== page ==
Not only settlement and launching manufacturing, nation has freely entitled industrial park developers to construct their own industrial parks, either independently or through public-private partnership. But, the IPs are needed to have consistent qualities that fulfill the standard of IPs construction set by the country.


Ethiopia’s shift to the perspective of industrialization has enabled to construct many IPs and attract many FDI investors. Overall, FDI flow into Ethiopia has grown since 2010, at an average rate of nearly 50 per cent per year, reaching USD 2.2 billion in 2015 (UNCTAD 2016) and USD 3.2 billion, according to UNCTAD Investment Report of 2017. It witnessed Ethiopia has attracted FDI in commercial agriculture, manufacturing, leather, and textiles sectors.


Similarly, not only attracting foreign investment, currently nation is interested to allure high quality FDI companies with high export potential. So far, most investors are drawn to Ethiopia for it offers preferential export access to the US and EU markets through the EU’s Everything But Arms regime and the recently-extended African Growth and Opportunity Act (AG of the United States), though  had not fully been able to exploit these preferences until now.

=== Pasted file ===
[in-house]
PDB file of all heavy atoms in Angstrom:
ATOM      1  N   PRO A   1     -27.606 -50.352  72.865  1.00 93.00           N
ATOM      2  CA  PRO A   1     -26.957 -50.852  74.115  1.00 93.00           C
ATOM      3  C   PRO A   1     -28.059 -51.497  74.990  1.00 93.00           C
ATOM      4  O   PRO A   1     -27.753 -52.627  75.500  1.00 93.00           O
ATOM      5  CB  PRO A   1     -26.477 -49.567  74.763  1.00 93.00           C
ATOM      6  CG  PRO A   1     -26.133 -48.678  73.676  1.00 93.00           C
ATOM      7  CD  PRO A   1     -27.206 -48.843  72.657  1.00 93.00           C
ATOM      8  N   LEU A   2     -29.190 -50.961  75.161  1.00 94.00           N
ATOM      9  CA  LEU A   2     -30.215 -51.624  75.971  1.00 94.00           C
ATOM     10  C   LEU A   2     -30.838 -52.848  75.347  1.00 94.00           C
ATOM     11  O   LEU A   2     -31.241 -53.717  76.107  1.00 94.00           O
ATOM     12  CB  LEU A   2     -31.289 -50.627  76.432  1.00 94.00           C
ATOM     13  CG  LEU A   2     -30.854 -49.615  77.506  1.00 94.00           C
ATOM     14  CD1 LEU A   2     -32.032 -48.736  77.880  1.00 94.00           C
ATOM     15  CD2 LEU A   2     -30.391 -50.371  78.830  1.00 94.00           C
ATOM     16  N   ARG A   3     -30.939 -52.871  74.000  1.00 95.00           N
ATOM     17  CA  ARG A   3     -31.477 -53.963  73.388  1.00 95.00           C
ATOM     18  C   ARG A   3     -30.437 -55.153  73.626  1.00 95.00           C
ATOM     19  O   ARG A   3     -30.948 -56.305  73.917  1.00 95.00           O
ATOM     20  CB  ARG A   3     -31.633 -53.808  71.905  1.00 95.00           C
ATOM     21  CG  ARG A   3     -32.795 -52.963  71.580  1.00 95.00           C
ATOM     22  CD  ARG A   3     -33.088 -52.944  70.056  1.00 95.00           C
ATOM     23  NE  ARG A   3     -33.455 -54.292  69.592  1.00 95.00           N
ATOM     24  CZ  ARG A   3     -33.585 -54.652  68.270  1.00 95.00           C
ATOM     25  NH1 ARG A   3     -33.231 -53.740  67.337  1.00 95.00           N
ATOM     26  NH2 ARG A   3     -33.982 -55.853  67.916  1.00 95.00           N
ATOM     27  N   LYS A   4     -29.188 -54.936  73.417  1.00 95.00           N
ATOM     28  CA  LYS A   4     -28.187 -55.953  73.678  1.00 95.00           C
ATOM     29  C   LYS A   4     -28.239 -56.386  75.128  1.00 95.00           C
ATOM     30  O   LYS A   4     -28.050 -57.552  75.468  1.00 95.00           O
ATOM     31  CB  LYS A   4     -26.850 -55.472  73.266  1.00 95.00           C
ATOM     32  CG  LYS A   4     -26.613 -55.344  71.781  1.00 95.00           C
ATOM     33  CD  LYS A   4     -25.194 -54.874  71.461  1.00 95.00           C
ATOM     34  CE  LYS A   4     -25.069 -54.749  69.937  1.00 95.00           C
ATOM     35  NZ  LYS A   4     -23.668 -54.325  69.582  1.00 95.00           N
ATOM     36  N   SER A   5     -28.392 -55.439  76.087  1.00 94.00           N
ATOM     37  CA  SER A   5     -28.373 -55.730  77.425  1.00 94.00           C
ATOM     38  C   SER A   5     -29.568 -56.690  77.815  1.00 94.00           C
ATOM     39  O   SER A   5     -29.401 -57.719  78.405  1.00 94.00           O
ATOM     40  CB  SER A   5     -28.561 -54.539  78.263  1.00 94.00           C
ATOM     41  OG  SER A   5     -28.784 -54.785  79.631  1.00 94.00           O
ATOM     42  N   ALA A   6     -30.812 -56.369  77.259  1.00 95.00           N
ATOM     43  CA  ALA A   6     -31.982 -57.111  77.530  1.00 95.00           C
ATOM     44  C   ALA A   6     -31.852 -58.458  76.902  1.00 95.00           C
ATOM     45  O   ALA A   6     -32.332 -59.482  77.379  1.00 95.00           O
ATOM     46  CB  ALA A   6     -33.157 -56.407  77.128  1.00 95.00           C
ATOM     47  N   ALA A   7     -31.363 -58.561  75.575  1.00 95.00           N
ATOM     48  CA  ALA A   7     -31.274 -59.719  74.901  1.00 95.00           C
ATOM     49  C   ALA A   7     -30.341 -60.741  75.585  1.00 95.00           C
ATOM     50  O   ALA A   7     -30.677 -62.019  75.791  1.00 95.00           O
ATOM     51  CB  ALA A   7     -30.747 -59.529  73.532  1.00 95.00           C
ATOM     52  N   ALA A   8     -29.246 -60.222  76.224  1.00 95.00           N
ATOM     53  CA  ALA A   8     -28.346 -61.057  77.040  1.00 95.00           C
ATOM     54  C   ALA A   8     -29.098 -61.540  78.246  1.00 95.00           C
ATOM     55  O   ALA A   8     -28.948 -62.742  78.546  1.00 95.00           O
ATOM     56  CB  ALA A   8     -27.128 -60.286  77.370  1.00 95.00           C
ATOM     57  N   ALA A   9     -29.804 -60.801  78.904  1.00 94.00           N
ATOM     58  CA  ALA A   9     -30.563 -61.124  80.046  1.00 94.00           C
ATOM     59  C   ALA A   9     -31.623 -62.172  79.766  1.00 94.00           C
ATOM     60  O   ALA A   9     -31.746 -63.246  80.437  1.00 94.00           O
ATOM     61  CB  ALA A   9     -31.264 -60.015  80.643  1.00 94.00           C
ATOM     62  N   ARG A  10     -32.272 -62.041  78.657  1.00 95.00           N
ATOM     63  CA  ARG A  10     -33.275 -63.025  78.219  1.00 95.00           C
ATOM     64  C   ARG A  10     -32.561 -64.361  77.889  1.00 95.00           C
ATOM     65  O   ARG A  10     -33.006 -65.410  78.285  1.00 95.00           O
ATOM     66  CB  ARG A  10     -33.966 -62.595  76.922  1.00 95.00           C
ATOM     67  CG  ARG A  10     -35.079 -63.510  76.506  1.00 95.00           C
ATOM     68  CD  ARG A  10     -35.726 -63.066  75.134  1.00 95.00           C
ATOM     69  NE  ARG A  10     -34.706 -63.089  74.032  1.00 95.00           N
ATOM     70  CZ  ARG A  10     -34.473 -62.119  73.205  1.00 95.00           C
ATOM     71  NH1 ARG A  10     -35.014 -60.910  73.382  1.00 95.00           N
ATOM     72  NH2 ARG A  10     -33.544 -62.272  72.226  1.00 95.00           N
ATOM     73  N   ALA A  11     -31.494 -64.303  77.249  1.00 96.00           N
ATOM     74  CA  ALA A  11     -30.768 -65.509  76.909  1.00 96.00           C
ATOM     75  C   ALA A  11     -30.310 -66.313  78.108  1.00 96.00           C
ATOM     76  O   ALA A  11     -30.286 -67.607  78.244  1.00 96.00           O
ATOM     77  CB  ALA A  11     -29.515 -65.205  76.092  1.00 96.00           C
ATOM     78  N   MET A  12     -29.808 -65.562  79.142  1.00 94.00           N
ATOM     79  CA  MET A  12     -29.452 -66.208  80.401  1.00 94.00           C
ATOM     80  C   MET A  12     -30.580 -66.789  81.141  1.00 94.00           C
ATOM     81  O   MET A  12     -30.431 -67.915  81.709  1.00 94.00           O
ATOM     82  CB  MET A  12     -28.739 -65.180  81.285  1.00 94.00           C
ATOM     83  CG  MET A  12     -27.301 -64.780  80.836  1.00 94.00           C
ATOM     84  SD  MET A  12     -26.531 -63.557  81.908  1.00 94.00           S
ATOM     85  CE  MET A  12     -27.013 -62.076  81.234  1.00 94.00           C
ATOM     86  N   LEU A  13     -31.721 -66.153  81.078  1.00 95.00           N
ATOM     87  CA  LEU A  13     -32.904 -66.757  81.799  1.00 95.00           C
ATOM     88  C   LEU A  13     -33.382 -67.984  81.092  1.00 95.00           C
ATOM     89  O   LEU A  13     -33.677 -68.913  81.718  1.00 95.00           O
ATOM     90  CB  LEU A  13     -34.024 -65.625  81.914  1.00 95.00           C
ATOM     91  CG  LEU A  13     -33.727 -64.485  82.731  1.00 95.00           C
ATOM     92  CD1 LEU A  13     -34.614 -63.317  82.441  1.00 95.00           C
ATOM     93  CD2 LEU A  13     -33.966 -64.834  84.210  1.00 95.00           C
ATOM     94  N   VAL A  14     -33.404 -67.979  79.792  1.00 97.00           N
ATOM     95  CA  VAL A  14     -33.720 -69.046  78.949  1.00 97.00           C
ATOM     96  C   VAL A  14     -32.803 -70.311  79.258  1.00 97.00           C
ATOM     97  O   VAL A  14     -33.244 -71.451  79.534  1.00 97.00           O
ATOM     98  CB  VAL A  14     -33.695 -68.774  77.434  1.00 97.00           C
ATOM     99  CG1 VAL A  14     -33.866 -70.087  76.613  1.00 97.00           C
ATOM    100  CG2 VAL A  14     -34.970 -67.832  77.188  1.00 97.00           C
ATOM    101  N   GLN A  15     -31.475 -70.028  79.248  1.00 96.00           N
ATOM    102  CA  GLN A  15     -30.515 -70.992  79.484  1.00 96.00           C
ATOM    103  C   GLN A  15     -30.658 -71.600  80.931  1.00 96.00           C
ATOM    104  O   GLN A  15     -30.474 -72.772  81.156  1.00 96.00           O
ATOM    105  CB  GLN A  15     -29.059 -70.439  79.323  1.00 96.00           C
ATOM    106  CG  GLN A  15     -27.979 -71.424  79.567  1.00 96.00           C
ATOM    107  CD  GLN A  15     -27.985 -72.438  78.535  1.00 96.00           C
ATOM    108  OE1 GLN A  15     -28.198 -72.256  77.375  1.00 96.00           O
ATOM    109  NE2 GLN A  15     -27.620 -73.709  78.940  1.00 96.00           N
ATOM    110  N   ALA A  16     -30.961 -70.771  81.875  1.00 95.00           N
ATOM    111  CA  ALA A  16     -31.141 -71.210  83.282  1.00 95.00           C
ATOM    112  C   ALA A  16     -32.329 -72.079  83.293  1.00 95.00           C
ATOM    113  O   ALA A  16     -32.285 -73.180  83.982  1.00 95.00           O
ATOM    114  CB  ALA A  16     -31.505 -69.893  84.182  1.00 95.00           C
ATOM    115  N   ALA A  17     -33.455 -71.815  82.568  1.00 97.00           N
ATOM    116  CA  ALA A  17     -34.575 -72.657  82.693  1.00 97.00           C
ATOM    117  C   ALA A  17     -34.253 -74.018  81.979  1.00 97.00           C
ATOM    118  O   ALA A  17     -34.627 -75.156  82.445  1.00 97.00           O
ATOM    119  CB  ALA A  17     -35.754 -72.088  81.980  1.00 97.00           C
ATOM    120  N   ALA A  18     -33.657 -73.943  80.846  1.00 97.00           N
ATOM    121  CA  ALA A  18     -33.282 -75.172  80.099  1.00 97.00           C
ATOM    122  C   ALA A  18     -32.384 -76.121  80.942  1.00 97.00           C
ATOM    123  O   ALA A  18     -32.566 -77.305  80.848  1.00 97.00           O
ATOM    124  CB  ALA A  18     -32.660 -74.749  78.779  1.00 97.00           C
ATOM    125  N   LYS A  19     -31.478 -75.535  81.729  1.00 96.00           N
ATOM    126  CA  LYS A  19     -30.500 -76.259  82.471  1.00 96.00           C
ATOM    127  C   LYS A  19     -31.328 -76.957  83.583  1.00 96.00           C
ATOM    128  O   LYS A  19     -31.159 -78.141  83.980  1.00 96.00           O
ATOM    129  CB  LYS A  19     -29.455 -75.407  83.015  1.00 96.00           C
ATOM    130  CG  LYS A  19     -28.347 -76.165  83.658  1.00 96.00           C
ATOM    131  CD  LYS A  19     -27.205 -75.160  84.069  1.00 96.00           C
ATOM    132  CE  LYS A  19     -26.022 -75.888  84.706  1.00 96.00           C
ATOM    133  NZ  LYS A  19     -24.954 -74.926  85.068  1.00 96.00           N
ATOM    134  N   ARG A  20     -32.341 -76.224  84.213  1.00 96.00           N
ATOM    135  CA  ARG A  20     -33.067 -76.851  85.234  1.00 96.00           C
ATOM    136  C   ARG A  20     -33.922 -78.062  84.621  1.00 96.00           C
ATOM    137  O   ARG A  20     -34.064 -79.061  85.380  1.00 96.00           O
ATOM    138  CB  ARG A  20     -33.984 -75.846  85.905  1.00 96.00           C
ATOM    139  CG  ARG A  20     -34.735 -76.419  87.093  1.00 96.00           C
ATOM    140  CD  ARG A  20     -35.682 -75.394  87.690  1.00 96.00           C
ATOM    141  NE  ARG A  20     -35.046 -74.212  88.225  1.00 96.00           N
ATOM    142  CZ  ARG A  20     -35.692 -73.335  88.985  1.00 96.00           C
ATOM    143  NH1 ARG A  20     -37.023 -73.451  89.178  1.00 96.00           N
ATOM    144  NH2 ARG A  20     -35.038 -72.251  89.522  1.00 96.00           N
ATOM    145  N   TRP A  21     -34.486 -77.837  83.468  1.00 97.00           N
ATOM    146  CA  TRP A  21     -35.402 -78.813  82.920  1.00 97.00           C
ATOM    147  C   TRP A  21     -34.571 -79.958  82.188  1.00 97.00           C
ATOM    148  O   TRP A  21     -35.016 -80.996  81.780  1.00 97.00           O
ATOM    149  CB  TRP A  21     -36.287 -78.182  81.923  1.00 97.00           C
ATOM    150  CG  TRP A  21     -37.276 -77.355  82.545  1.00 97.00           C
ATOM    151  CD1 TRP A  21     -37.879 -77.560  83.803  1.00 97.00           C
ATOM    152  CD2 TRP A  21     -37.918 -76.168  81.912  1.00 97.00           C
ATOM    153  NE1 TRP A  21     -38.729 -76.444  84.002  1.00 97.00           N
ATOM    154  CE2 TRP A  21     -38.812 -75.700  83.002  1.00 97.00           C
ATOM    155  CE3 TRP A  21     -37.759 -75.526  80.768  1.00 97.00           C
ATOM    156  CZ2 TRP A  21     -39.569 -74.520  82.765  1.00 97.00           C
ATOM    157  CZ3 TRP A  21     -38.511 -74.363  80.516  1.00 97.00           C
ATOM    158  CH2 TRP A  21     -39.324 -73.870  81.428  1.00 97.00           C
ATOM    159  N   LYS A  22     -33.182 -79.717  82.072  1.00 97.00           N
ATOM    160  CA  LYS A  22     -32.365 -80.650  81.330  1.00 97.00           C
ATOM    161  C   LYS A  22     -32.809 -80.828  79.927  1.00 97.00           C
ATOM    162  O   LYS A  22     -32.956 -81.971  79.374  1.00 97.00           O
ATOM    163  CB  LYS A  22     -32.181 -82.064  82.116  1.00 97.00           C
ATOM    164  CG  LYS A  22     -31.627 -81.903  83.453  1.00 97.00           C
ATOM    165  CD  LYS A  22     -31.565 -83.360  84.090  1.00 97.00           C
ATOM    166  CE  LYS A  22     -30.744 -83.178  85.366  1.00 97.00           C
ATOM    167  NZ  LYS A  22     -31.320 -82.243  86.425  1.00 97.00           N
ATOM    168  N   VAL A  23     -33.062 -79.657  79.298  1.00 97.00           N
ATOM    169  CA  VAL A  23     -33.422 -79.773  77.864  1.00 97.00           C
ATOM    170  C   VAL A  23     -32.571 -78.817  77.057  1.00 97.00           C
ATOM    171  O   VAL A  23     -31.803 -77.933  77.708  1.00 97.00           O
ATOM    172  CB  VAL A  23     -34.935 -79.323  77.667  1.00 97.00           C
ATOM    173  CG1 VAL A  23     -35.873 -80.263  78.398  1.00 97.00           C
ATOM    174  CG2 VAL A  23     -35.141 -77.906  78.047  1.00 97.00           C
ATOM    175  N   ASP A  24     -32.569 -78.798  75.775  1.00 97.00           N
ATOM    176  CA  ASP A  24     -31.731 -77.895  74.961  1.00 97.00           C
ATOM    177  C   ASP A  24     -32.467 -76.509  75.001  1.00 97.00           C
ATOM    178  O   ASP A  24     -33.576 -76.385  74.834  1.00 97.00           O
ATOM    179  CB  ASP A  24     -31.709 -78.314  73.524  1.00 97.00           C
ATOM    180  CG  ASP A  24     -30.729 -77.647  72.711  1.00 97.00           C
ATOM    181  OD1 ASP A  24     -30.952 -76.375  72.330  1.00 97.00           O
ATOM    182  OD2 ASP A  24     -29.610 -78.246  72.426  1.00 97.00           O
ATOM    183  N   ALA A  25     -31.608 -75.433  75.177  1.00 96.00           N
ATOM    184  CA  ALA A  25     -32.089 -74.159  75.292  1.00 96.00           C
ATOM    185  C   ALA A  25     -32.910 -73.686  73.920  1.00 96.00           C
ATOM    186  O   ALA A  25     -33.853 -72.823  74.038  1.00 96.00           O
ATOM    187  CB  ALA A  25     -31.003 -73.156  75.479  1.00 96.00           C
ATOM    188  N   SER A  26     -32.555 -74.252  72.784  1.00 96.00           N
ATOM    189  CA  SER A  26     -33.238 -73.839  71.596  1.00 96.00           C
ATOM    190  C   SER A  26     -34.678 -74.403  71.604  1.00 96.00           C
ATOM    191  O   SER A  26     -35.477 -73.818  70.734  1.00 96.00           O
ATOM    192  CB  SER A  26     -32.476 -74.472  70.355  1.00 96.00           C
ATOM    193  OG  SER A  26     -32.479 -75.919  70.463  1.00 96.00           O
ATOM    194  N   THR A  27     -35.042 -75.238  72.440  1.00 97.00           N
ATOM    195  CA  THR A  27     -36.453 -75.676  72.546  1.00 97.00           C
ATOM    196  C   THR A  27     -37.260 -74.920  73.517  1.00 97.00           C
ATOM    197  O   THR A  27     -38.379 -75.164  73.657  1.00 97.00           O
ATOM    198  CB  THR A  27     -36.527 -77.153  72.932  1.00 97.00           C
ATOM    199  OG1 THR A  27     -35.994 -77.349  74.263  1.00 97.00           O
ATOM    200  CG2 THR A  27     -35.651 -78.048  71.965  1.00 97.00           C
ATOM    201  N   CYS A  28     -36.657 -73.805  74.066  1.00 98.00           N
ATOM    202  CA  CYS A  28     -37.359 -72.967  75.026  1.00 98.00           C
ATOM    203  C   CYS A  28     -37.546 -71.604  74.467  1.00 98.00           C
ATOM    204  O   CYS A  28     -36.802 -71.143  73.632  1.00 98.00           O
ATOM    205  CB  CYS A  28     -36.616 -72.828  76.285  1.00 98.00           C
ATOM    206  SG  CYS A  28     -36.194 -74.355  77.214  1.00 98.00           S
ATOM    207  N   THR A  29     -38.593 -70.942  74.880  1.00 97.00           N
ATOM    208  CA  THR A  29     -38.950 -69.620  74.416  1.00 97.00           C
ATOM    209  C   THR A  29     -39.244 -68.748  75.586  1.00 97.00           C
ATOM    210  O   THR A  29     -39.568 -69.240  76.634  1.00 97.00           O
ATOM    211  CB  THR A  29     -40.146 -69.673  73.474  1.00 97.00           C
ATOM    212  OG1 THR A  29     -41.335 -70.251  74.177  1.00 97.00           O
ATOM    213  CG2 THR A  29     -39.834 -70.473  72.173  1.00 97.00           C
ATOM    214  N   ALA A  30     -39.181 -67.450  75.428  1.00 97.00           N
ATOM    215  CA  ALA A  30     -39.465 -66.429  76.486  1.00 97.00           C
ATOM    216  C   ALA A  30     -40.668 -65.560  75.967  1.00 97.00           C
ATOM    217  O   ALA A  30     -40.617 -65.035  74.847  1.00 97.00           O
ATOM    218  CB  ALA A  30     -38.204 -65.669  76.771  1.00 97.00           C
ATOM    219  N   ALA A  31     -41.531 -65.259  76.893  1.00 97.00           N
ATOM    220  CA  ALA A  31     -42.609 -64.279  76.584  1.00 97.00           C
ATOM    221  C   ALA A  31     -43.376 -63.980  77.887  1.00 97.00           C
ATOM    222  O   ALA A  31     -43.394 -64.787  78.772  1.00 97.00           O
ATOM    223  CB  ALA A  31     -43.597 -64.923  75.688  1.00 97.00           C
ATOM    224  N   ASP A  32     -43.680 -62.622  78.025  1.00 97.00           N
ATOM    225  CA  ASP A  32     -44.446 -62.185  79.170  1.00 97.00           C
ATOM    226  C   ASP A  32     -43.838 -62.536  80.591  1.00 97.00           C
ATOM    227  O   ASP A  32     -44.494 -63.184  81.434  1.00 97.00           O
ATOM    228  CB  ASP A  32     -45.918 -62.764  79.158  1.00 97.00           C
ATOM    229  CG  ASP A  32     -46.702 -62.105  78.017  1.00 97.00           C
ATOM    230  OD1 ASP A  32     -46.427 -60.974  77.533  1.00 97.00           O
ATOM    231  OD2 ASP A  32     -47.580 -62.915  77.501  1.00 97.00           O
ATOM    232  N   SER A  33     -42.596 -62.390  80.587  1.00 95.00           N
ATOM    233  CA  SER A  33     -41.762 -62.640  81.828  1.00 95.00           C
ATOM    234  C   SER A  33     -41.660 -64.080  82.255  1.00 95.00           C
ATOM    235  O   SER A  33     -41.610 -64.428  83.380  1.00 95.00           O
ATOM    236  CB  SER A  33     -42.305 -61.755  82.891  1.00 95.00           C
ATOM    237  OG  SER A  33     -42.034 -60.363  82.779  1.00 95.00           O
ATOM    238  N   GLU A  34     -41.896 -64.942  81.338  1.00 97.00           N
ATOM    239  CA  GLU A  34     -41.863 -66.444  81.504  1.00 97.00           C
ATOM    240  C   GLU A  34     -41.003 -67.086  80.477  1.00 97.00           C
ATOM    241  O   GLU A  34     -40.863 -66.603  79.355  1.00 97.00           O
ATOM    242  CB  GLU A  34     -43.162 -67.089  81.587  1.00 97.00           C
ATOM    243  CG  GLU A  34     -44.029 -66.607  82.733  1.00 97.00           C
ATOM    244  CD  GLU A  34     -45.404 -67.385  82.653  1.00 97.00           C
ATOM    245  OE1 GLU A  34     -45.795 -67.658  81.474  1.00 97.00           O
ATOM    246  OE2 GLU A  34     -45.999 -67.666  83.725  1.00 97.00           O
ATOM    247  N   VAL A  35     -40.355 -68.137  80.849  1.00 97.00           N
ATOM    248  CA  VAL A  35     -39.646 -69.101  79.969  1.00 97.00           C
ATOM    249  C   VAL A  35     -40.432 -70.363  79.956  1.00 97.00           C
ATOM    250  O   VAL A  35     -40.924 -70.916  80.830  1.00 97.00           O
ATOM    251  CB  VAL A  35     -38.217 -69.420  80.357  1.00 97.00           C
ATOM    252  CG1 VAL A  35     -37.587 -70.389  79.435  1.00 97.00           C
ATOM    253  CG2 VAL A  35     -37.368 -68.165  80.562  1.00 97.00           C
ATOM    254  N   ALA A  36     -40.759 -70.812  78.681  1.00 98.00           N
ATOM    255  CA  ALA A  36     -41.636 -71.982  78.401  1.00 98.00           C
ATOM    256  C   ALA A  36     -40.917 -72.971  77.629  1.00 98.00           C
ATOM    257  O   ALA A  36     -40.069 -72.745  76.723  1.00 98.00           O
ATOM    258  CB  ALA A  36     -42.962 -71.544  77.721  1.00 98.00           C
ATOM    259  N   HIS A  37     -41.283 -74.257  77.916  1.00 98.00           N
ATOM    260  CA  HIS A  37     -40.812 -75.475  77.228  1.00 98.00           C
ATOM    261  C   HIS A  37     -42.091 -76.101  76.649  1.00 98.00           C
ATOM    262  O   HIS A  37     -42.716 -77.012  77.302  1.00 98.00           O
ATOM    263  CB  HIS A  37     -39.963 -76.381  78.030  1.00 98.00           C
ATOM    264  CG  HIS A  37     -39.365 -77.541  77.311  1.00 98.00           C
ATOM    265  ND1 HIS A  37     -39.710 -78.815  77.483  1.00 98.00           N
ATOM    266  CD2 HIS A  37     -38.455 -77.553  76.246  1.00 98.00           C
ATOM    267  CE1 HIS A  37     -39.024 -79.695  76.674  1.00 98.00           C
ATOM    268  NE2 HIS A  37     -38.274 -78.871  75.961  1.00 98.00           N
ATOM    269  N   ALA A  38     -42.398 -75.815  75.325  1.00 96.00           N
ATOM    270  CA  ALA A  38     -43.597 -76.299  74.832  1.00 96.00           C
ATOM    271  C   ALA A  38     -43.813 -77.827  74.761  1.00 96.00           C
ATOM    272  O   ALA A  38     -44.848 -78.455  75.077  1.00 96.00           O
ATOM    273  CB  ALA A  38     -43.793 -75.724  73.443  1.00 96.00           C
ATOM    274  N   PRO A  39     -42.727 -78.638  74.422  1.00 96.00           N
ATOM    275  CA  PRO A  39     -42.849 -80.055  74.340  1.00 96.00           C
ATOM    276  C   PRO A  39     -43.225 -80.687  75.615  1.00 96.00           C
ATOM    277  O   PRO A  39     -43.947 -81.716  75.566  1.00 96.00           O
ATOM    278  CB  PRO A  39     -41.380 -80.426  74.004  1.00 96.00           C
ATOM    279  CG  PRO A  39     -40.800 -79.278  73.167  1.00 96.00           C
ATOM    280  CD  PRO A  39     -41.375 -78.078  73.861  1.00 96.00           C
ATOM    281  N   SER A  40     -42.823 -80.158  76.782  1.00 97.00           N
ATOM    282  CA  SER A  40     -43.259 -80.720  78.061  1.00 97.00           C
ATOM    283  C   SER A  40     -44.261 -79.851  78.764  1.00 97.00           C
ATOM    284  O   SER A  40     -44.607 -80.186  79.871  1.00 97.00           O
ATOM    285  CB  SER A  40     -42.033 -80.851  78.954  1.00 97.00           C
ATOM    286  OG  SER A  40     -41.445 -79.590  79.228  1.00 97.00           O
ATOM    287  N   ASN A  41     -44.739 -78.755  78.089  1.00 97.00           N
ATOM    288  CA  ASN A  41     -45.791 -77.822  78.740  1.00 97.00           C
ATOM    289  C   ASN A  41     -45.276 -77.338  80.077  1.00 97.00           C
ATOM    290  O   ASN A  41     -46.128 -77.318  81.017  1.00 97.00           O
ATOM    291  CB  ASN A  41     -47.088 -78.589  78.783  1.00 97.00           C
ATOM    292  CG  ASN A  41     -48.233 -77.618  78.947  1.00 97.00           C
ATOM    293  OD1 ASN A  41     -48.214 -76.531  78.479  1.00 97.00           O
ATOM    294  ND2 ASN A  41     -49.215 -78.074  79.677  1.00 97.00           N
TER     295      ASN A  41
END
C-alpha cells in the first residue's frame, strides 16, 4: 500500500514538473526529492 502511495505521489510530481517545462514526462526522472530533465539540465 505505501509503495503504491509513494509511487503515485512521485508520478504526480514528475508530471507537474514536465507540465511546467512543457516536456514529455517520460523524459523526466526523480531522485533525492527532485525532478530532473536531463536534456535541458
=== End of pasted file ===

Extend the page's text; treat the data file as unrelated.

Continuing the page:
To attract the required amount of FDI, the country has been introducing huge number of incentive packages to investors who want to invest in the IPs. The incentives range from 10-15 years of tax relief to duty free importation of capital goods and machineries (some even argue that the incentive packages are too generous and the country is not getting the real benefits from the capital that flows to the country).

Until now, numerous textile and garment manufacturers are flocking to Ethiopia from India, Bangladesh, China, and Turkey and currently from Japan, among others, in search of cost-effective means and profitable options that may enhance export to the European and American markets.